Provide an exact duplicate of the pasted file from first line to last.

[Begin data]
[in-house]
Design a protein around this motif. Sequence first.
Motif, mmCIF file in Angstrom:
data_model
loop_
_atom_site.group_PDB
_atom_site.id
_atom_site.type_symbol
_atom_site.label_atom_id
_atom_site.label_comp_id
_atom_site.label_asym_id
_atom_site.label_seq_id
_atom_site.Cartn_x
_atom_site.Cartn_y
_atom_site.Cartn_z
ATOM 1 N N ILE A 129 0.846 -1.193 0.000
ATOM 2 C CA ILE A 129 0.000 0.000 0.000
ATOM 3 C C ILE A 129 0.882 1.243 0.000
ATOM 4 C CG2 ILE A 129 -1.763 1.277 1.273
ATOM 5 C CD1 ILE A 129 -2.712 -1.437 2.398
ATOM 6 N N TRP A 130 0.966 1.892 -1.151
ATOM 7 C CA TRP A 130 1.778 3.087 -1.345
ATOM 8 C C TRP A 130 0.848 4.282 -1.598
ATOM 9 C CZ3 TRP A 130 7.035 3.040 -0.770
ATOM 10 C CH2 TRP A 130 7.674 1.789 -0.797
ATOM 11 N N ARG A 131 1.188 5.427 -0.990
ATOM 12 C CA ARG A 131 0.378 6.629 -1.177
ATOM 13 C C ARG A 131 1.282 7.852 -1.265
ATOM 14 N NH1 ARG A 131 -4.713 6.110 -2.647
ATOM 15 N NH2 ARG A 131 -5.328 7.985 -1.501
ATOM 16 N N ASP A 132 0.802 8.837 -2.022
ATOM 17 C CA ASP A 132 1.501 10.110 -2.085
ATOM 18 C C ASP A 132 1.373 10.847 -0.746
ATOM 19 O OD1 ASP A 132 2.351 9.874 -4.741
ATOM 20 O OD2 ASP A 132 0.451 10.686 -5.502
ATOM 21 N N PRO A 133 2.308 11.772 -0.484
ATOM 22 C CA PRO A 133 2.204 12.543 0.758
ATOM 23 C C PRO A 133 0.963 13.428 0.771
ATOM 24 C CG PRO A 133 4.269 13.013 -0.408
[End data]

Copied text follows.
[in-house]
Design a protein around this motif. Sequence first.
Motif, mmCIF file in Angstrom:
data_model
loop_
_atom_site.group_PDB
_atom_site.id
_atom_site.type_symbol
_atom_site.label_atom_id
_atom_site.label_comp_id
_atom_site.label_asym_id
_atom_site.label_seq_id
_atom_site.Cartn_x
_atom_site.Cartn_y
_atom_site.Cartn_z
ATOM 1 N N ILE A 129 0.846 -1.193 0.000
ATOM 2 C CA ILE A 129 0.000 0.000 0.000
ATOM 3 C C ILE A 129 0.882 1.243 0.000
ATOM 4 C CG2 ILE A 129 -1.763 1.277 1.273
ATOM 5 C CD1 ILE A 129 -2.712 -1.437 2.398
ATOM 6 N N TRP A 130 0.966 1.892 -1.151
ATOM 7 C CA TRP A 130 1.778 3.087 -1.345
ATOM 8 C C TRP A 130 0.848 4.282 -1.598
ATOM 9 C CZ3 TRP A 130 7.035 3.040 -0.770
ATOM 10 C CH2 TRP A 130 7.674 1.789 -0.797
ATOM 11 N N ARG A 131 1.188 5.427 -0.990
ATOM 12 C CA ARG A 131 0.378 6.629 -1.177
ATOM 13 C C ARG A 131 1.282 7.852 -1.265
ATOM 14 N NH1 ARG A 131 -4.713 6.110 -2.647
ATOM 15 N NH2 ARG A 131 -5.328 7.985 -1.501
ATOM 16 N N ASP A 132 0.802 8.837 -2.022
ATOM 17 C CA ASP A 132 1.501 10.110 -2.085
ATOM 18 C C ASP A 132 1.373 10.847 -0.746
ATOM 19 O OD1 ASP A 132 2.351 9.874 -4.741
ATOM 20 O OD2 ASP A 132 0.451 10.686 -5.502
ATOM 21 N N PRO A 133 2.308 11.772 -0.484
ATOM 22 C CA PRO A 133 2.204 12.543 0.758
ATOM 23 C C PRO A 133 0.963 13.428 0.771
ATOM 24 C CG PRO A 133 4.269 13.013 -0.408